The last time we were in Bali, we drove one and a half hours out to spend our days nestled in a villa in the forest, away from the hustle and bustle. This time, we went further out and drove 3 hours along the coastline to Amed – a long coastal strip of sleepy fishing villages in northeast Bali.
There really isn’t much to do in Amed except to snorkel/dive and relax. The whole area has very little tourists except for the few fellow travellers you find in your own resort. The area is also quite under-developed, and most resorts only have one landline. In fact, our resort room didn’t even have a phone for us to call for room service! Needless to say, I also spent a good 4 days without TV. Thank goodness for free wifi at the resort’s restaurant and my trusty iphone which I happily succumbed to. But I suppose this is why people come to Amed – to get away from it all.
The pace of life here is laidback and peaceful. You wake to the sounds of crowing roosters and the village coming to life. And you go to sleep at night lulled by the soothing sounds of the sea and chirping lizards. It doesn’t matter how fancy your resort is because the minute you walk out, you are greeted by friendly villagers, children playing on the dirt roads, barking village dogs and of course, the usual bunch of cows, goats and pigs. It’s basically kampong life.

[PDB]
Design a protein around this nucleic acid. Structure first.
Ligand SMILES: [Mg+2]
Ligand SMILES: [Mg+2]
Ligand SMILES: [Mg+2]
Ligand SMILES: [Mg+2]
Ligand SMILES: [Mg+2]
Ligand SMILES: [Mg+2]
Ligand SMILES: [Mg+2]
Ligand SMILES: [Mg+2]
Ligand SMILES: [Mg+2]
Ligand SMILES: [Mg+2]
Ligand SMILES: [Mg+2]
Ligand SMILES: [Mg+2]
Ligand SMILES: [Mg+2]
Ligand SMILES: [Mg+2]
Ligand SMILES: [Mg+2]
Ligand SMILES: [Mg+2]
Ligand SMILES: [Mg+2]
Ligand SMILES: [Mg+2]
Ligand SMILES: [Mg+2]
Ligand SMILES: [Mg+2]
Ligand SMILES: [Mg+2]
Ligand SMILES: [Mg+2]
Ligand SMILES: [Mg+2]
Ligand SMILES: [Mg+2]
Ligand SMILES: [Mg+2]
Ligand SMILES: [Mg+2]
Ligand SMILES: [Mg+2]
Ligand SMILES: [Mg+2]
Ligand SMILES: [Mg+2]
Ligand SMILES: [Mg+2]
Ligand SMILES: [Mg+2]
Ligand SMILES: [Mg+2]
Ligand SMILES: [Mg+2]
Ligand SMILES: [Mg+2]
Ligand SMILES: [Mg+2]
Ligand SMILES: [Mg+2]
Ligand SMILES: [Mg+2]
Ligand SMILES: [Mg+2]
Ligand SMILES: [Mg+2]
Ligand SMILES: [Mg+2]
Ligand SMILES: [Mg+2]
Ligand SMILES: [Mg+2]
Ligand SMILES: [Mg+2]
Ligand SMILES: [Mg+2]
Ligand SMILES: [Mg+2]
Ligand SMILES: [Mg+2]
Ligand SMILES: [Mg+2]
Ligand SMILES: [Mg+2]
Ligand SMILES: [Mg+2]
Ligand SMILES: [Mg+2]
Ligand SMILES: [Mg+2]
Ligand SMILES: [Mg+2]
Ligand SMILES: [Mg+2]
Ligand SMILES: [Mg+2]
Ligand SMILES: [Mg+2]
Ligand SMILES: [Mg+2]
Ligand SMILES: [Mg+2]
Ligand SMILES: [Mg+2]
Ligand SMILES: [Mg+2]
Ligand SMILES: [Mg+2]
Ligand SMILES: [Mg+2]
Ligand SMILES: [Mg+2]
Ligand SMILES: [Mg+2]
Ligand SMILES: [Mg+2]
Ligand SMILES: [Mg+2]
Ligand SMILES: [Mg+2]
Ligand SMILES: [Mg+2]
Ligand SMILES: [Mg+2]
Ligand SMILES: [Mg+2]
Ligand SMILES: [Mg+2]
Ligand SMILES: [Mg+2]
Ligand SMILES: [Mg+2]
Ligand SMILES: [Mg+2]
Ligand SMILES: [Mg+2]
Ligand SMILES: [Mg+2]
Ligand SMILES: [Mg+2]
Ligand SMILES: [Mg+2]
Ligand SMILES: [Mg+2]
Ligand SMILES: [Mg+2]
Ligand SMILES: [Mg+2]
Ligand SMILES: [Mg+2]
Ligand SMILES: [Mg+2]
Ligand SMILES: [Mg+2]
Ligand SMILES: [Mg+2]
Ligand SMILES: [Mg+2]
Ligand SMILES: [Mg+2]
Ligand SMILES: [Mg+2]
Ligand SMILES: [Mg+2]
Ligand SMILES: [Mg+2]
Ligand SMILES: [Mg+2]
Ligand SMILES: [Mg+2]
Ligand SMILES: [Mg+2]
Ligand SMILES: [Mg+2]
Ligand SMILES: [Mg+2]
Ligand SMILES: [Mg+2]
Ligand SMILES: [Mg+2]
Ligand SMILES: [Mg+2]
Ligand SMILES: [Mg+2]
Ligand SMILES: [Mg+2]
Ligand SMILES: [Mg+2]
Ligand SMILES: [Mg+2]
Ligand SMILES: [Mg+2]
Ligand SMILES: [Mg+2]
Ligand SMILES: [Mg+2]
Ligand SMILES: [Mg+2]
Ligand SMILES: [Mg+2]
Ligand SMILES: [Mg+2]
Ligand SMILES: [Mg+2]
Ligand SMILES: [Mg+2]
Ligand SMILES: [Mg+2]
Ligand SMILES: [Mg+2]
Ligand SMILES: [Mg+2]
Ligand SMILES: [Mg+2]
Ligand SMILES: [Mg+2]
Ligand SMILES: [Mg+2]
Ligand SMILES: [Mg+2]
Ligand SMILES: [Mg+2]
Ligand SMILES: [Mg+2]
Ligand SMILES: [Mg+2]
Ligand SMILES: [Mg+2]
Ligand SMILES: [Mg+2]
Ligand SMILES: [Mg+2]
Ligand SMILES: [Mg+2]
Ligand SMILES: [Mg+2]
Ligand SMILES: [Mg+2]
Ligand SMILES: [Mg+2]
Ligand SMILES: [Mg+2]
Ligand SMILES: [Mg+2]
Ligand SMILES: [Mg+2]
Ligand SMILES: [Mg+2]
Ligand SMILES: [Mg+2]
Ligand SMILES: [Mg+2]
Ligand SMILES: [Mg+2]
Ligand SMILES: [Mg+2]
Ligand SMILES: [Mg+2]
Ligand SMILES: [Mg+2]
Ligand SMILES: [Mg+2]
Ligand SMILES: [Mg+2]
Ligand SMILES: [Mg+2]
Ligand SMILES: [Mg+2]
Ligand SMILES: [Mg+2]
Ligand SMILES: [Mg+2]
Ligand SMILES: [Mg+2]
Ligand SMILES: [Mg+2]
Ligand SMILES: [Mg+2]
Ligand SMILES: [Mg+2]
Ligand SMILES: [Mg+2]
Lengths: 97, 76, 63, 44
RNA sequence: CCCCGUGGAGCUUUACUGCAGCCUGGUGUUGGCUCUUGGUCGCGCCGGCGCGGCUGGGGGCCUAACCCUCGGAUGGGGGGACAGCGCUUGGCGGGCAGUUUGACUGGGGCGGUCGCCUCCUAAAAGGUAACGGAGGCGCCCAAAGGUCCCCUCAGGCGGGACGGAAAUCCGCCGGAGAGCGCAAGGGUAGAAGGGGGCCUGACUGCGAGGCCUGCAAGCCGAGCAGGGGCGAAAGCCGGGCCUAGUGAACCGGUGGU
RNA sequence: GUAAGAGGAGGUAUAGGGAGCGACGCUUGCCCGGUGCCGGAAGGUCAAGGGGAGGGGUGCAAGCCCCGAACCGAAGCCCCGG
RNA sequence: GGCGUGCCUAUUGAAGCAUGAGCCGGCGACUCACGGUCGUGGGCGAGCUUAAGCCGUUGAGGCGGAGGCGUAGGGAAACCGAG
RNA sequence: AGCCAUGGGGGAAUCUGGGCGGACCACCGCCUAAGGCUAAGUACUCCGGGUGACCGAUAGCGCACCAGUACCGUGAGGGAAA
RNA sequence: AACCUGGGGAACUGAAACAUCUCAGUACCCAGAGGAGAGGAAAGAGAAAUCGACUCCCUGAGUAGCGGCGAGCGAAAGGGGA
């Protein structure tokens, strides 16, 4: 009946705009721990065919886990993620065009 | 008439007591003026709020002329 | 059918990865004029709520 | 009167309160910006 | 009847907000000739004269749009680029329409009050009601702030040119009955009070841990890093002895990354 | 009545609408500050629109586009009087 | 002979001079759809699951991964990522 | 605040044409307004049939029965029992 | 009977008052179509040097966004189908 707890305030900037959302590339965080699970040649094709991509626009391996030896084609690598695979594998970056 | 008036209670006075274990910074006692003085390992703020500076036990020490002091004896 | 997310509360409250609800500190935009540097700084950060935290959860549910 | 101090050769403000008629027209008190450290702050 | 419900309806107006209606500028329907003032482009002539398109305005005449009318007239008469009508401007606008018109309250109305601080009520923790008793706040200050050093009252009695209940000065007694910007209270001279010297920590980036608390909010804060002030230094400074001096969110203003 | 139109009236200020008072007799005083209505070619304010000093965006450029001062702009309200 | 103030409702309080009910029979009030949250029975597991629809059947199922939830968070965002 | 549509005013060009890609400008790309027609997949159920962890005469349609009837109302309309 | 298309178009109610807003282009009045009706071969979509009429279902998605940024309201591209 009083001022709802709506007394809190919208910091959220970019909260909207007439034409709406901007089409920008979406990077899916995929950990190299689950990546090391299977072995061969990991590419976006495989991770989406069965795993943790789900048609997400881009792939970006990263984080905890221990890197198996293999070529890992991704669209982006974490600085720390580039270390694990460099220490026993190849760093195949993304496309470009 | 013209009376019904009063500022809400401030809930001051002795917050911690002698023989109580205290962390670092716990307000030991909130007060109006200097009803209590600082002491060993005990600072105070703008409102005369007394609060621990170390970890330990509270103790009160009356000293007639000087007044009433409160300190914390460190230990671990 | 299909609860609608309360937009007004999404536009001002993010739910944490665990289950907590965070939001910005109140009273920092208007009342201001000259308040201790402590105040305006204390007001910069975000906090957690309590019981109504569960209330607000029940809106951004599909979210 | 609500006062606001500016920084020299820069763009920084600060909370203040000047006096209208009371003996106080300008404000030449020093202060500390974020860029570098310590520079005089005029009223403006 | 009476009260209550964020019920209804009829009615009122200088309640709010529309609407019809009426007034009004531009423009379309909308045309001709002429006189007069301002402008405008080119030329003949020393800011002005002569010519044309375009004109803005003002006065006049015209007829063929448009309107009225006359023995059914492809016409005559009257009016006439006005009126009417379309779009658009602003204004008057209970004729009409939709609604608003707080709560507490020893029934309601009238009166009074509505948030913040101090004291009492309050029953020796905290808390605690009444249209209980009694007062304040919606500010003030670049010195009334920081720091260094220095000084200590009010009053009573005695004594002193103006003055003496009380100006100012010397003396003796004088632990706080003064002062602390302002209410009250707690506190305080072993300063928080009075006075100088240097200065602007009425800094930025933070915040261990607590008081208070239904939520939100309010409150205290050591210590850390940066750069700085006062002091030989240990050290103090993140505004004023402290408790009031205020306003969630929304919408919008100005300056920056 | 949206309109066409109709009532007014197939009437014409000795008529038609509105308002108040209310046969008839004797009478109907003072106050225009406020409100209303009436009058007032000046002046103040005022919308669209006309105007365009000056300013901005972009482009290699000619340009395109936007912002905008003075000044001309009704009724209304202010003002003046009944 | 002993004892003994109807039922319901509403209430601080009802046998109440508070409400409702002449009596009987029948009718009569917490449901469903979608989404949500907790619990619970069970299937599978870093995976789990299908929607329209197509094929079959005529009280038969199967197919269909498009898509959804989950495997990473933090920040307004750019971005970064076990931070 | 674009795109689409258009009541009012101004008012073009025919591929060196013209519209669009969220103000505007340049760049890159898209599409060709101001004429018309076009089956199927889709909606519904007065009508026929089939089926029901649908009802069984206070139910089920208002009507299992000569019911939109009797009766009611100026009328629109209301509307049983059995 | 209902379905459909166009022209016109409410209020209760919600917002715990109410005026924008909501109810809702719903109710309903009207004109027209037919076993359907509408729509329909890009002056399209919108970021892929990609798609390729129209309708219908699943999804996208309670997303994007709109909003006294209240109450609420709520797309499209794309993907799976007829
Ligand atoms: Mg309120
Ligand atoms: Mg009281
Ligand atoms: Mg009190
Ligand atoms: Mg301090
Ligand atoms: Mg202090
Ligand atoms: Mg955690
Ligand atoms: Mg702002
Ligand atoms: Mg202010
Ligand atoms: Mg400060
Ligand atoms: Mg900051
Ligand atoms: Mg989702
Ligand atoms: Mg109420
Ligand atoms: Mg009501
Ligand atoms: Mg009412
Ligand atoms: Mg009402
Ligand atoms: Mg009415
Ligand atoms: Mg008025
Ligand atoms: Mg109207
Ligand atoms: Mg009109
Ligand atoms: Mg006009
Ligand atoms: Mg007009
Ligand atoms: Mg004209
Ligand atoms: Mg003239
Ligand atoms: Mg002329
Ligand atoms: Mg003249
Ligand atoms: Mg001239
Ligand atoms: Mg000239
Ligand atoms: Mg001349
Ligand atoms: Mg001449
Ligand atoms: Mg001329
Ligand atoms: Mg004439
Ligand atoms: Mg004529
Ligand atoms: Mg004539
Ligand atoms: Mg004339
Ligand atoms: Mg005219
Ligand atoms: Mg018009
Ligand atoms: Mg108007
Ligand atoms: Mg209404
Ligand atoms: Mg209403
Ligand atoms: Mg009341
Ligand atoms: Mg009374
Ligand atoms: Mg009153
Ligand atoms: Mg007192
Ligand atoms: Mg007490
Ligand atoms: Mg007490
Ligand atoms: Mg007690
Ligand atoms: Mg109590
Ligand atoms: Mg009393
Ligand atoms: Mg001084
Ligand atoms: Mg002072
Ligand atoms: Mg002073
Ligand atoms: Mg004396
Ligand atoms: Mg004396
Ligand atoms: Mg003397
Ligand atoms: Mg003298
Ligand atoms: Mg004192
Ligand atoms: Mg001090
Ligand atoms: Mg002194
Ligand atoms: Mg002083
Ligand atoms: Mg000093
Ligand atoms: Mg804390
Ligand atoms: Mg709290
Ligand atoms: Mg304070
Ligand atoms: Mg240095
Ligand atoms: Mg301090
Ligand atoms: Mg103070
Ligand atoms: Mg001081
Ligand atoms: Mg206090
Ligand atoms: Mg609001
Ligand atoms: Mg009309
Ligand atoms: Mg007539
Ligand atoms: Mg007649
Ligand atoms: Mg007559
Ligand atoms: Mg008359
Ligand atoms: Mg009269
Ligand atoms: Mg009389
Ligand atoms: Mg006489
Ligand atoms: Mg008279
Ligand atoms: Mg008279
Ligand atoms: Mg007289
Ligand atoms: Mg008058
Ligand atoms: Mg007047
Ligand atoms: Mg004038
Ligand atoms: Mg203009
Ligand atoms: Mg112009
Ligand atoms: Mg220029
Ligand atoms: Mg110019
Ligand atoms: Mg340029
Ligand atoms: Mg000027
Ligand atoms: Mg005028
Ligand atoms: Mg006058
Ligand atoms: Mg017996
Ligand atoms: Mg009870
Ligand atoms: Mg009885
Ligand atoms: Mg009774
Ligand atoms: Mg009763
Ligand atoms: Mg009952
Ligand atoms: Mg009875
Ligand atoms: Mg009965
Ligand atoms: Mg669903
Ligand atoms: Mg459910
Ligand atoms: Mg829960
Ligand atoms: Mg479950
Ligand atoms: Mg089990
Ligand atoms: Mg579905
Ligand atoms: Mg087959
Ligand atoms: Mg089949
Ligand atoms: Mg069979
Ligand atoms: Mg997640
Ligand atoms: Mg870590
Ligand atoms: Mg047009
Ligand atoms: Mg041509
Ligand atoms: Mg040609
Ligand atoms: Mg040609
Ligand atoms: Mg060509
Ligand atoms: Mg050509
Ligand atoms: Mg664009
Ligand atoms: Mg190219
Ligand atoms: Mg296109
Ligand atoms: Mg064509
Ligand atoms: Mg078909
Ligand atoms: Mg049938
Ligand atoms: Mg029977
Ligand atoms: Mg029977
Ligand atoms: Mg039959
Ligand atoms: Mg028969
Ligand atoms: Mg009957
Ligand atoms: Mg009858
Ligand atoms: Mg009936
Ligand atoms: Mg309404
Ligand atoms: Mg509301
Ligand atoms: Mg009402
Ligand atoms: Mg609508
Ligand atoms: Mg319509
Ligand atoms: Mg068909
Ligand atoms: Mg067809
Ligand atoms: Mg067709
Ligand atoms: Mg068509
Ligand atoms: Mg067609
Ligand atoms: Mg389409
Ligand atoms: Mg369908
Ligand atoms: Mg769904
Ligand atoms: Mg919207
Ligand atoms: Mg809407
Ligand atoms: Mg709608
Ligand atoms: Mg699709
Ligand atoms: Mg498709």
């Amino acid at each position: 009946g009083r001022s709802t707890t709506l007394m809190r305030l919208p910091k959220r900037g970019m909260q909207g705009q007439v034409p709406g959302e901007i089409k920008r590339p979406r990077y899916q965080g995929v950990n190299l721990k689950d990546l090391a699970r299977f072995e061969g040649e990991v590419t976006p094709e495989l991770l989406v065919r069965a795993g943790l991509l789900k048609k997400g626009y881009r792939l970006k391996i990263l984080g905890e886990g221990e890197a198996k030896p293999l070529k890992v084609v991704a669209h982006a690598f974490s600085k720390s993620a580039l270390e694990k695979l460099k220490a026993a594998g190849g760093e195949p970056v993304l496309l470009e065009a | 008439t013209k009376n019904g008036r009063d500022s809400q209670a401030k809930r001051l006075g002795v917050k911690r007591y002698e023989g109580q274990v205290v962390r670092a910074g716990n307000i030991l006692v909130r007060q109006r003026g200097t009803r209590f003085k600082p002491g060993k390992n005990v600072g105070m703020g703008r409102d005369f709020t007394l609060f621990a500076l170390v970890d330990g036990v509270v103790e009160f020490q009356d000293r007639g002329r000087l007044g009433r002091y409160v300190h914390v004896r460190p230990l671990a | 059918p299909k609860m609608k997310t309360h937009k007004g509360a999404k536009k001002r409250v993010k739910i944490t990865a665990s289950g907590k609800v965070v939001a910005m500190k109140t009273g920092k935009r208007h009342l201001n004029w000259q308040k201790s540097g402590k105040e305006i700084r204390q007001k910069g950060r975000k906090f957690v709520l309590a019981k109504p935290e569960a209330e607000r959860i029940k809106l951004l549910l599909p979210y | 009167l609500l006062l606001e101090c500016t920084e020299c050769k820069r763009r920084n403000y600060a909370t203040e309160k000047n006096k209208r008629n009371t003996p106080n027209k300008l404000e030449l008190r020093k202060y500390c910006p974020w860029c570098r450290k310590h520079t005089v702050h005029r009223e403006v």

We picked Amed because of the great snorkelling just metres from the beach. Staying at the Blue Moon Villas gave us easy access to the beach and we were just a ten-minute walk from the sunken ship wreck. Amed did not disappoint. It was pretty much like snorkelling in a giant aquarium with awesome corals and rich marine life. The ship wreck was also incredibly cool. There are not many places where you get a chance to snorkel from the beach to a sunken wreck sitting on the sea floor, rusting away and covered with corals. Unfortunately, I don’t have photos because our underwater camera decided to die on us on the first day. While I think the waters in Amed are safe for snorkelling, I wouldn’t recommend letting children have a go at it unless accompanied by an adult because the currents can be quite strong. I spent a good part of the first day pretty much getting tossed around by the waves crashing to the shore.
Would I recommend Amed as a travel destination? Only if you’re really into snorkelling and diving as I found the 3-hour drive a tad too long.